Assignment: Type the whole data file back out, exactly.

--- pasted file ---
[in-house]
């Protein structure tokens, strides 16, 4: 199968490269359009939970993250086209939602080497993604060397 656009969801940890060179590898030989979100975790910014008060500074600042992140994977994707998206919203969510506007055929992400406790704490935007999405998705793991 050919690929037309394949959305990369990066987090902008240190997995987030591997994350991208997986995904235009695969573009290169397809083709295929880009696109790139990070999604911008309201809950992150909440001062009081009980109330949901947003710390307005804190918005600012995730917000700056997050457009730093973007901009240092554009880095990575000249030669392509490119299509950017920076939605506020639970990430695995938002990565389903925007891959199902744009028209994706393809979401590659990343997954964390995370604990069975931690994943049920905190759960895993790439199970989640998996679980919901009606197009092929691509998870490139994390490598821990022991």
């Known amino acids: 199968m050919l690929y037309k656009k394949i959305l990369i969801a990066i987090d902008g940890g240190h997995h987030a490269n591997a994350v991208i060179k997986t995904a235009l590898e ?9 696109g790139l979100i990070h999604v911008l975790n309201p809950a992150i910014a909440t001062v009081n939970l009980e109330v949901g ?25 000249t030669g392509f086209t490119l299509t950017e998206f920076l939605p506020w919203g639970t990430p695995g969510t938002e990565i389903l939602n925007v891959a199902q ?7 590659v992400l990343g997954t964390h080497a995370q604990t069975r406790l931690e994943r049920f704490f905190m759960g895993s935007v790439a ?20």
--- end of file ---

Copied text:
[in-house]
């Protein structure tokens, strides 16, 4: 199968490269359009939970993250086209939602080497993604060397 656009969801940890060179590898030989979100975790910014008060500074600042992140994977994707998206919203969510506007055929992400406790704490935007999405998705793991 050919690929037309394949959305990369990066987090902008240190997995987030591997994350991208997986995904235009695969573009290169397809083709295929880009696109790139990070999604911008309201809950992150909440001062009081009980109330949901947003710390307005804190918005600012995730917000700056997050457009730093973007901009240092554009880095990575000249030669392509490119299509950017920076939605506020639970990430695995938002990565389903925007891959199902744009028209994706393809979401590659990343997954964390995370604990069975931690994943049920905190759960895993790439199970989640998996679980919901009606197009092929691509998870490139994390490598821990022991």
């Known amino acids: 199968m050919l690929y037309k656009k394949i959305l990369i969801a990066i987090d902008g940890g240190h997995h987030a490269n591997a994350v991208i060179k997986t995904a235009l590898e ?9 696109g790139l979100i990070h999604v911008l975790n309201p809950a992150i910014a909440t001062v009081n939970l009980e109330v949901g ?25 000249t030669g392509f086209t490119l299509t950017e998206f920076l939605p506020w919203g639970t990430p695995g969510t938002e990565i389903l939602n925007v891959a199902q ?7 590659v992400l990343g997954t964390h080497a995370q604990t069975r406790l931690e994943r049920f704490f905190m759960g895993s935007v790439a ?20």